Service no. 2637
Gunner, Royal Field Artillery, 236th Bde.
Killed in action 6 October 1916, aged 32
Remembered at Thiepval Memorial, France
This identification was made by Chris Burge, who writes:
Edwin John Green was born in the summer of 1883, the fifth child of parents Edward and Eleanor Green when the family was living in Camberwell. By 1891 there had been another child born and by 1901 Edwin was one of eight siblings, and like his father, Edwin worked as a slater. The family was then living at 104 Lyndhurst Grove, Camberwell.
By the time of the 1911 census, Edwin, along with sister Ada and brothers Trevor and Clarence, was still living with parents Edward and Eleanor. Edwin’s father, now 65, was still working as a slater but Edwin was now carman, his younger brother Trevor a shorthand typist and Clarence a clerk. The six adults occupied nine rooms at 49 Lyndhurst Grove, Camberwell.
Edwin married Harriet Jane Porter in 1913 and their first child, Edwin Frederick Burlington Green, was born later that year.
Despite Harriet expecting a second child, Edwin followed his brother Trevor’s example and joined the Army in May 1915. Edwin volunteered at 105 Holland Road (now Minet Road), Brixton, the HQ of the 6th London Brigade of the Royal Field Artillery, Territorial Force (the batteries of this brigade were later re-designated as the 236th Brigade, RFA). So began a long and intensive training period for Gunner, 2632, E.J.B Green. Edwin and Harriet’s second child, Arthur Percy Burlington Green, was born two months later, on 6 July 1915.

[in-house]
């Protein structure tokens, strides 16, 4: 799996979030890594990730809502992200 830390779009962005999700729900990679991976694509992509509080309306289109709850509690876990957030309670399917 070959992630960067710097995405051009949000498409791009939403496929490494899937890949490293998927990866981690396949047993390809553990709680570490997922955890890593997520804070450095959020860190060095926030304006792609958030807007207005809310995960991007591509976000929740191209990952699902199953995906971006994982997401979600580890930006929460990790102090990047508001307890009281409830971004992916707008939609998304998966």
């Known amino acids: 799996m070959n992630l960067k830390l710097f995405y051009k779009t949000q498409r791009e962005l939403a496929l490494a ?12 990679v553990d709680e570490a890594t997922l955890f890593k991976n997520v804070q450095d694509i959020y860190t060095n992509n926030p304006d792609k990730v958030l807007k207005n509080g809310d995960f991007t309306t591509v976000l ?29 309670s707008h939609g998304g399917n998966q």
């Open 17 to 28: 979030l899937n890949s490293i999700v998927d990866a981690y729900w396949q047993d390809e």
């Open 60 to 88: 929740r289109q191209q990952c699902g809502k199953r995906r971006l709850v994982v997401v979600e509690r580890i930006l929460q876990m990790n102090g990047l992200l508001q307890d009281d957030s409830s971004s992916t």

Months past and Edwin was still in England. His departure to France was delayed until 1916, possibly the 13 June 1916, if the records of Gunner 2630 Henry Eugene Saunders of Stockwell are a guide. Harriet was expecting her third child at his time, and Alice Eleanor Burlington Green was born on 3 August 1916. The grim news from the Battle of the Somme must have filled Harriet with dread. It was in August that Edwin’s battery joined the Somme offensive.
Edwin had been in action in mid August and again in September between periods of relief and had returned to action at the beginning of October 1916 on the Somme. A time referred to as the Battle of Transloy Ridge. It was here that Edwin John Burlington Green was killed. Very unusually for an ‘other ranks’ soldier, Edwin’s death is recorded in the brigade’s war diary on 6 October with the battery position near ‘High Wood’.
C/236 Btty were shelled in their new position … and had to evacuate it. Gnr Green E.J.B was killed and one wounded ( Sgt Irons). Two or three others were buried but successfully dug out and remained at duty.
Harriet suffered further heartache when her baby daughter Alice died in October 1918, close to the anniversary of Edwin’s death. Harriet Jane Green remained in Lambeth for many years, passing away in 1972, aged 87.